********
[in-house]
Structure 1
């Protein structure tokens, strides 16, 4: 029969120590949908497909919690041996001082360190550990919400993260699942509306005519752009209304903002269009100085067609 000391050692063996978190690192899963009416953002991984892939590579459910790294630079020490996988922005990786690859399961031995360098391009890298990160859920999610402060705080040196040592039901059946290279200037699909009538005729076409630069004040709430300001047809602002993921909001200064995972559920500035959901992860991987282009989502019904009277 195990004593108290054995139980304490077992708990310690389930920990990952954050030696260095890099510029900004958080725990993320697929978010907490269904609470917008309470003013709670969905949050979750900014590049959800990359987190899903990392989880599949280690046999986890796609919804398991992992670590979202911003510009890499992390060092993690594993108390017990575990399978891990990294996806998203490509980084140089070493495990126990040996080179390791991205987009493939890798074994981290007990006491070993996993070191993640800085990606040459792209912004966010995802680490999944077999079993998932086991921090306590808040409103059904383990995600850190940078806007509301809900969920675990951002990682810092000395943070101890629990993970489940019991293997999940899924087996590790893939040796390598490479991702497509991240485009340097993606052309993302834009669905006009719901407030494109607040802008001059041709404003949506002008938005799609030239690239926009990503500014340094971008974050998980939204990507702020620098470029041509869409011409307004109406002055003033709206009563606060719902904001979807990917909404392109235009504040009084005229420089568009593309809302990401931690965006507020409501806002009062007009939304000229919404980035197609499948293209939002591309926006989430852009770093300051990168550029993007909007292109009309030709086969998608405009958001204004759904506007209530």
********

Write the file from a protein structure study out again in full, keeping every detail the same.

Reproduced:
[in-house]
Structure 1
């Protein structure tokens, strides 16, 4: 029969120590949908497909919690041996001082360190550990919400993260699942509306005519752009209304903002269009100085067609 000391050692063996978190690192899963009416953002991984892939590579459910790294630079020490996988922005990786690859399961031995360098391009890298990160859920999610402060705080040196040592039901059946290279200037699909009538005729076409630069004040709430300001047809602002993921909001200064995972559920500035959901992860991987282009989502019904009277 195990004593108290054995139980304490077992708990310690389930920990990952954050030696260095890099510029900004958080725990993320697929978010907490269904609470917008309470003013709670969905949050979750900014590049959800990359987190899903990392989880599949280690046999986890796609919804398991992992670590979202911003510009890499992390060092993690594993108390017990575990399978891990990294996806998203490509980084140089070493495990126990040996080179390791991205987009493939890798074994981290007990006491070993996993070191993640800085990606040459792209912004966010995802680490999944077999079993998932086991921090306590808040409103059904383990995600850190940078806007509301809900969920675990951002990682810092000395943070101890629990993970489940019991293997999940899924087996590790893939040796390598490479991702497509991240485009340097993606052309993302834009669905006009719901407030494109607040802008001059041709404003949506002008938005799609030239690239926009990503500014340094971008974050998980939204990507702020620098470029041509869409011409307004109406002055003033709206009563606060719902904001979807990917909404392109235009504040009084005229420089568009593309809302990401931690965006507020409501806002009062007009939304000229919404980035197609499948293209939002591309926006989430852009770093300051990168550029993007909007292109009309030709086969998608405009958001204004759904506007209530």